Christina Huber-Regele's Multimedia Blog
What it means to be a speech and language pathologist...People often think of speech therapy as just working on sound production, but it includes so much more! The following are areas in which we can work on with students who may require our services:
*Articulation: The way we say our sounds. This may include difficulty planning and coordinating the movements needed to make speech sounds.
*Phonology: The speech patterns we use that are developmental in nature. For example, producing an /r/ as a /w/ (“wed” for ‘red’) is age-appropriate until about 7 years of age. A lisp is not developmental!
*Fluency and Voice: This may include stuttering, cluttering, quality of voice (such as hoarseness), and the rate of speech in which we speak.
*Expressive Language: The way in which we use language both verbally and with gestures to communicate. This can include things like vocabulary, grammar, sentence structure, narrative skills, and appropriate sentence length. This can also include a child’s ability to express their most basic wants and needs.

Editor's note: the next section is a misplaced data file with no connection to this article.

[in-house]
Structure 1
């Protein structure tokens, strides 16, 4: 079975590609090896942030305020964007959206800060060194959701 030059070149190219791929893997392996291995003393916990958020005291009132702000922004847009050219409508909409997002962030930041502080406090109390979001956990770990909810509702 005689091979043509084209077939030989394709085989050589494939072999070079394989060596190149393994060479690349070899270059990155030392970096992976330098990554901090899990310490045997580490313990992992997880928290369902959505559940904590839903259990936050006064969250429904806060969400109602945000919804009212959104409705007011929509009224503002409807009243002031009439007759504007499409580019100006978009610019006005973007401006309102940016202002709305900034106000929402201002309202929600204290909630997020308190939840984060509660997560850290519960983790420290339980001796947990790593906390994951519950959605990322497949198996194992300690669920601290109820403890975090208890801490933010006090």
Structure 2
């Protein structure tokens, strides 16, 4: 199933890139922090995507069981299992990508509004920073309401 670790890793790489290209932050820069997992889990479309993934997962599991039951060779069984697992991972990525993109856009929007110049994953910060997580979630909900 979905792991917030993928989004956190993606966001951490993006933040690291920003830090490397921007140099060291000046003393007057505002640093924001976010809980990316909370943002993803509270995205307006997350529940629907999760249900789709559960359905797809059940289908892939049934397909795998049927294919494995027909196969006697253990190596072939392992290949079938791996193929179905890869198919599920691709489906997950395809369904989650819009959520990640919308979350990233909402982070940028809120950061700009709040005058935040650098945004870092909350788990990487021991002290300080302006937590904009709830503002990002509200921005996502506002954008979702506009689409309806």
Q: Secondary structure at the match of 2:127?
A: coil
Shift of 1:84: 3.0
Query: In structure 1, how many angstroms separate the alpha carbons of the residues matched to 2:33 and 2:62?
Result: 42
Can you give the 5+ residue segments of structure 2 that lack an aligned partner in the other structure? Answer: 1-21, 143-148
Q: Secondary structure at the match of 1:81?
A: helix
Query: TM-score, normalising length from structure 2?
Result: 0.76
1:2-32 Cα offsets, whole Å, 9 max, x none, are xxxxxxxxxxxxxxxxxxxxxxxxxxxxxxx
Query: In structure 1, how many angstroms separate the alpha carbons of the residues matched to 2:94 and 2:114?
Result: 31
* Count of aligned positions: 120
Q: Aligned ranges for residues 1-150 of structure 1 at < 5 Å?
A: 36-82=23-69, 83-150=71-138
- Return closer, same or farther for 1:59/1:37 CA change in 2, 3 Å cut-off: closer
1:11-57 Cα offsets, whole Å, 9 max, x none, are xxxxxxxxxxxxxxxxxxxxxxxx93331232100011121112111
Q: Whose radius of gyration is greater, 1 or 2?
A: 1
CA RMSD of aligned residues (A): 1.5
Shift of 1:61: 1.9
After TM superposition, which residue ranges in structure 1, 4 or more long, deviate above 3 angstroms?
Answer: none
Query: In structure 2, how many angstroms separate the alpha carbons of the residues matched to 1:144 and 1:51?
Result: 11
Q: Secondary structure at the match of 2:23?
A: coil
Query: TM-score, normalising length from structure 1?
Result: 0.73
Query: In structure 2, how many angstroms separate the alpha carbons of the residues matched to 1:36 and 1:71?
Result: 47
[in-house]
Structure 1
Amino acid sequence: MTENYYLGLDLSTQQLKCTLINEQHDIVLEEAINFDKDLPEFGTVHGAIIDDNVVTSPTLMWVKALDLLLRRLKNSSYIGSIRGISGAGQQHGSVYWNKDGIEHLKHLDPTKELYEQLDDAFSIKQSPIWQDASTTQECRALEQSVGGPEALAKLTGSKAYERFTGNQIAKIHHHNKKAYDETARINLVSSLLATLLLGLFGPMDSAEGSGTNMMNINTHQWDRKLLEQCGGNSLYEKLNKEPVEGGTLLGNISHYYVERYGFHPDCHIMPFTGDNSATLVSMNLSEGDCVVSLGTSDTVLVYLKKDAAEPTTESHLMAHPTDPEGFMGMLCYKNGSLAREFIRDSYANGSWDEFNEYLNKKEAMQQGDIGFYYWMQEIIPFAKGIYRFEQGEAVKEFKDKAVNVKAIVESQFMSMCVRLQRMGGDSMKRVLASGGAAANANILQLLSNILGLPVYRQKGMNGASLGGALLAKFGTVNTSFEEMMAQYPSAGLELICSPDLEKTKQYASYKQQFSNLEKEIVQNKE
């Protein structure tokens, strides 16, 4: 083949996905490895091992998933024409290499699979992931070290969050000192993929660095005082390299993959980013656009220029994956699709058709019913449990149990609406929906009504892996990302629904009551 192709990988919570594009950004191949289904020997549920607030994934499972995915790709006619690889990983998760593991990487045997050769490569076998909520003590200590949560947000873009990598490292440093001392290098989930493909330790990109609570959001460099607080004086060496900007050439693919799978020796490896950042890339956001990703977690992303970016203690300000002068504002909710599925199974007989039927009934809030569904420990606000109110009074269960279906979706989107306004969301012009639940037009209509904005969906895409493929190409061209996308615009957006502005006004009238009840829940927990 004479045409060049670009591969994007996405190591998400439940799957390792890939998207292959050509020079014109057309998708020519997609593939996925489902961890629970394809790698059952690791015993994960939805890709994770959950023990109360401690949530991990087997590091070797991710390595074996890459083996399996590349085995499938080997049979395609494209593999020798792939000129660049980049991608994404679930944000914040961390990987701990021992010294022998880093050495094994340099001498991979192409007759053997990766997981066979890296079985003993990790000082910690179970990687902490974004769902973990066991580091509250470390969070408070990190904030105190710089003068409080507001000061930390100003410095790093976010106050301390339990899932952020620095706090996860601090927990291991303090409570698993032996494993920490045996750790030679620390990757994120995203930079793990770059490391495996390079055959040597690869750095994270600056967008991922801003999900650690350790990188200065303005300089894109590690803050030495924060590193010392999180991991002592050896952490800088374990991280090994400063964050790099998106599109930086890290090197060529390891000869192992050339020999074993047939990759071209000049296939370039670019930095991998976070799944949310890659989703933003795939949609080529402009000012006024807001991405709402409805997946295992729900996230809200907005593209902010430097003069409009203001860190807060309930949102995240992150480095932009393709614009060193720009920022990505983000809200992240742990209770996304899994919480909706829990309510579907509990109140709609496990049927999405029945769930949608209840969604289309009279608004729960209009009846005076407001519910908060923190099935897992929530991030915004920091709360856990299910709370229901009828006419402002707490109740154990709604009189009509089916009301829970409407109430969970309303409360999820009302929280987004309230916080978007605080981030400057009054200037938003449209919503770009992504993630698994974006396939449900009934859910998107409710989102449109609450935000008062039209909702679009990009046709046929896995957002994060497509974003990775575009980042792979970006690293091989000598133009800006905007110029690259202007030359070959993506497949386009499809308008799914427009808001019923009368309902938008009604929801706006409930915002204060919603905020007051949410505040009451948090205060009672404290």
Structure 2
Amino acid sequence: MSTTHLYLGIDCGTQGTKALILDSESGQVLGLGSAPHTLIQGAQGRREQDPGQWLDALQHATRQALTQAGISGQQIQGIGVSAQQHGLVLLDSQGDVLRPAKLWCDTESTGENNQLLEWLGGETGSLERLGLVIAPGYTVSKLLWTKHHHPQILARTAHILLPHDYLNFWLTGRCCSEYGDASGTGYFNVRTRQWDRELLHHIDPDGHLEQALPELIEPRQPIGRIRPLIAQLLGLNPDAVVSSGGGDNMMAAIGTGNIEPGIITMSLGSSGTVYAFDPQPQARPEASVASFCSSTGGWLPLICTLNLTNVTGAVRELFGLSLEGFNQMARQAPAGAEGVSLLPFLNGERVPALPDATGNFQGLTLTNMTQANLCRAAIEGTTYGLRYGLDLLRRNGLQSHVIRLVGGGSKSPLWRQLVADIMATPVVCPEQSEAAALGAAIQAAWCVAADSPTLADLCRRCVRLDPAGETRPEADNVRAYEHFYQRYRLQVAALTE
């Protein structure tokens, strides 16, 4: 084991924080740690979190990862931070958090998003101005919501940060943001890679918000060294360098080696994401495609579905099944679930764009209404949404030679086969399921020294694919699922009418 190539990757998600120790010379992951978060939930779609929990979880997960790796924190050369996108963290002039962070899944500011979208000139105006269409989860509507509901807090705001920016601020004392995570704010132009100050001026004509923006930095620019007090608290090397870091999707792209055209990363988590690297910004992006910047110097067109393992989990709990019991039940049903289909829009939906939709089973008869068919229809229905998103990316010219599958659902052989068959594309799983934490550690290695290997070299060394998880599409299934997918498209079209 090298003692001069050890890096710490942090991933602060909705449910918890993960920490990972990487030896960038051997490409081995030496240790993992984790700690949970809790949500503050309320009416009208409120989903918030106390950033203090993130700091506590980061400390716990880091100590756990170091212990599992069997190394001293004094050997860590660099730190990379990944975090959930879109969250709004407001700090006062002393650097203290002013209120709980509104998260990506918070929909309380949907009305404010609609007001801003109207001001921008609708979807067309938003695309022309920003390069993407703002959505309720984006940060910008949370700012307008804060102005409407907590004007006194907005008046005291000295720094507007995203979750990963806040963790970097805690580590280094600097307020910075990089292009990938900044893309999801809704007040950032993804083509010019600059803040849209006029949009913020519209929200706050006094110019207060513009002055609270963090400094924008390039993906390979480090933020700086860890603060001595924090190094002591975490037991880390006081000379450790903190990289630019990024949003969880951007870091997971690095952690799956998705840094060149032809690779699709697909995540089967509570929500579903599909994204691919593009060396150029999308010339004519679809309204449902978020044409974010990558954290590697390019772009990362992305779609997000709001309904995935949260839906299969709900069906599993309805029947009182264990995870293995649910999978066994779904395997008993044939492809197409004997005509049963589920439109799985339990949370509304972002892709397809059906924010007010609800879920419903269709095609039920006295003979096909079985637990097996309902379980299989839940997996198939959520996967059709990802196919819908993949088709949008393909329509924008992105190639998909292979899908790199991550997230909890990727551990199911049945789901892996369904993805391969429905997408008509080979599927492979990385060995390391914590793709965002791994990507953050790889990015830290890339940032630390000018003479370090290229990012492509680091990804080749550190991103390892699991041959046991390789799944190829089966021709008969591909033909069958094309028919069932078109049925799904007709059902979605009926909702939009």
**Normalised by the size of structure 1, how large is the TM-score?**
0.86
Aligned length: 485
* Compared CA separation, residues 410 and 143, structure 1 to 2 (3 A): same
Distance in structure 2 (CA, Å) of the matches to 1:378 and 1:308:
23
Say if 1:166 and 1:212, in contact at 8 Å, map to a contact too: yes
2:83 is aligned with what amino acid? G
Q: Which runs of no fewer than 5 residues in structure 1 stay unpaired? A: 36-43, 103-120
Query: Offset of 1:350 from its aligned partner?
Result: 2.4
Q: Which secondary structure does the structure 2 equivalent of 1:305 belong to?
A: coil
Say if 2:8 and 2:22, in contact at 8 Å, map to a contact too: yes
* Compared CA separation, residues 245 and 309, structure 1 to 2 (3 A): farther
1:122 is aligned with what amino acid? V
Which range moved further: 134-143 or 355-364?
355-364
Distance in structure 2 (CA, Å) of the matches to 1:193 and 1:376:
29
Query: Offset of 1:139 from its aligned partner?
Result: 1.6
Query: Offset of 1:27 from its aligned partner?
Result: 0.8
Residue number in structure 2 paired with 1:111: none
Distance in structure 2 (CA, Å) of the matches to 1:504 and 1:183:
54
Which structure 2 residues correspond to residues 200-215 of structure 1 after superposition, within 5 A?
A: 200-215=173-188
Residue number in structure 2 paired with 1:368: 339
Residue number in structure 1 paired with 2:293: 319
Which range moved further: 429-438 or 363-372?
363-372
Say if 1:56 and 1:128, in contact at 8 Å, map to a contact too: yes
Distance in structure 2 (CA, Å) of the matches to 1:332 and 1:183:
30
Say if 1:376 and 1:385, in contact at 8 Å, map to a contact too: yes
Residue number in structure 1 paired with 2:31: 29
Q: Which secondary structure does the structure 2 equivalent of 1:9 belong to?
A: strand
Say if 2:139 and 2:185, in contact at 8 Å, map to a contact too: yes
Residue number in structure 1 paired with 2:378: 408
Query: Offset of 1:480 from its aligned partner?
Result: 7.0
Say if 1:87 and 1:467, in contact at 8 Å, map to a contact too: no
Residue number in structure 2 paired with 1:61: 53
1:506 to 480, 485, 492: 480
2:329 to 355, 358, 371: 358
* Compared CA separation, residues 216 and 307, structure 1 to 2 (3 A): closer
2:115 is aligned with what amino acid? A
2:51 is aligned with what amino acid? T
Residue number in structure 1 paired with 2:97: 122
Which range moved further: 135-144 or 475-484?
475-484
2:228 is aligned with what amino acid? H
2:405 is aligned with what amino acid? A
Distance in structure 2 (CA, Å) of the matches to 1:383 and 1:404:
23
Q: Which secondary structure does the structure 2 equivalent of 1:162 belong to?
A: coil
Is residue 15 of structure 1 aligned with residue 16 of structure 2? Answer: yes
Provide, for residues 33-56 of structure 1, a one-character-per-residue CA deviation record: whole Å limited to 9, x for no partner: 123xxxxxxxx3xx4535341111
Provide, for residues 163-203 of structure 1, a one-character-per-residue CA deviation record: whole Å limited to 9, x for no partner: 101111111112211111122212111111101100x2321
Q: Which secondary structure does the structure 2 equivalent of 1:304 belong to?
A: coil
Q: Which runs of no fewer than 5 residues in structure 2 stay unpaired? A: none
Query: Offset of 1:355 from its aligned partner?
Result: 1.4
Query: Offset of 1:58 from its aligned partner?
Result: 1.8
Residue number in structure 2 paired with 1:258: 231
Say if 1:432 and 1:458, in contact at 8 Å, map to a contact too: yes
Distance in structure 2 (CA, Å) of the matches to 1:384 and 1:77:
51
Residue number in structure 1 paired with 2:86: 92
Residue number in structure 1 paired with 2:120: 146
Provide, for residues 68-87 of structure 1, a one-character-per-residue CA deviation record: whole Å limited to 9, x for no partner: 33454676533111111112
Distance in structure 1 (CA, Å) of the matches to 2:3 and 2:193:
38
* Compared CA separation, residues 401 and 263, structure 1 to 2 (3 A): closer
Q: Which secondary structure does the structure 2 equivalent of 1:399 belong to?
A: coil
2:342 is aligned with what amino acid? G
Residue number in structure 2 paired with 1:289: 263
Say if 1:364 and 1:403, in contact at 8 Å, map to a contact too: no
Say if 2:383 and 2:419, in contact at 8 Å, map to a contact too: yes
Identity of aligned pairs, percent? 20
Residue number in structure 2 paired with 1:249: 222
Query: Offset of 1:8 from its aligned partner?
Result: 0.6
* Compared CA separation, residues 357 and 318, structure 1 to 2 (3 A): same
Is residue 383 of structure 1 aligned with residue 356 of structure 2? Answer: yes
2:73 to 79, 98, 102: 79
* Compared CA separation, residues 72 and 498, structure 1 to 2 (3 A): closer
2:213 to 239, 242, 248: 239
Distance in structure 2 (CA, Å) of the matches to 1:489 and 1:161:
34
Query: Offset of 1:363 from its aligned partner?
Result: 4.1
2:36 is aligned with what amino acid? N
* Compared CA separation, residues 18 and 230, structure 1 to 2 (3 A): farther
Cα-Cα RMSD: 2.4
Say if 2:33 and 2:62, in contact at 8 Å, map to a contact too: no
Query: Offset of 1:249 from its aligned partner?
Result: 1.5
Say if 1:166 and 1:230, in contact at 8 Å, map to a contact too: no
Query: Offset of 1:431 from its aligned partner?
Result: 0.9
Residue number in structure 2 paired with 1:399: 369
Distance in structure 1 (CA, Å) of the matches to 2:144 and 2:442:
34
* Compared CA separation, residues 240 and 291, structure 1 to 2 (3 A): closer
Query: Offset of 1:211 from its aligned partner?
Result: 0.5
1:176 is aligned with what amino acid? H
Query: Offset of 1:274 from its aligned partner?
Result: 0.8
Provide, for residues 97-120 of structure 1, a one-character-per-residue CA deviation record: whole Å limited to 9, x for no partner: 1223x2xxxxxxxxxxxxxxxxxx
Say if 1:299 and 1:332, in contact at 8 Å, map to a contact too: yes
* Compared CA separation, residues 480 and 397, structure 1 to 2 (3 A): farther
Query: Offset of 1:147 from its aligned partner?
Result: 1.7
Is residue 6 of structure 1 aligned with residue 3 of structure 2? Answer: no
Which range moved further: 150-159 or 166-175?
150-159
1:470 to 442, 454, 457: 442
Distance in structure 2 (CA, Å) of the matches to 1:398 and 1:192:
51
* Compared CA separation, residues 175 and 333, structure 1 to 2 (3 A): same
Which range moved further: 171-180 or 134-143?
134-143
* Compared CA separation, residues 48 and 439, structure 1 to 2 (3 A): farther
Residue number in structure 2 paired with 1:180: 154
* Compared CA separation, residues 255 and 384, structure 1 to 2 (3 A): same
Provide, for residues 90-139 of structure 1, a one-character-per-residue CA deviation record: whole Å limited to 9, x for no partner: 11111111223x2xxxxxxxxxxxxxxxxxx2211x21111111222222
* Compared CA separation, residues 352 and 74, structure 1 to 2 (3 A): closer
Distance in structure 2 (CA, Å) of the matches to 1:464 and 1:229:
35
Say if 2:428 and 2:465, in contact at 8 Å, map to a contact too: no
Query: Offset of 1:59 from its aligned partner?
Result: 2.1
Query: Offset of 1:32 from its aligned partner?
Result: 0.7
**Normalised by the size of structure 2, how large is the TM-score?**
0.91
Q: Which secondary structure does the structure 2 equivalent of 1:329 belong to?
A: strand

*Receptive Language: The ability to understand spoken language. This includes things like listening comprehension, basic concepts, and following directions.
*Pragmatic Language: The way in which we use language socially to communication with one another. This can include skills such as body language, understanding facial expressions, eye contact, perspective taking, and conversational turn-taking.
*Deafness/Loss of Hearing: Therapy for this can include developing lip-reading, speech, and/or alternative communication systems such as ASL (American Sign Language). We also often monitor hearing equipment such as FM systems in the classroom and hearing aids.
*Oral Motor Disorders: This typically involves on working on increasing strength and coordination of lip and/or tongue muscles.*Swallowing and Feeding: This often involves difficulty chewing and/or swallowing related to your speech muscles. Sensory challenges related to eating are typically addressed by an occupational therapist (OT).
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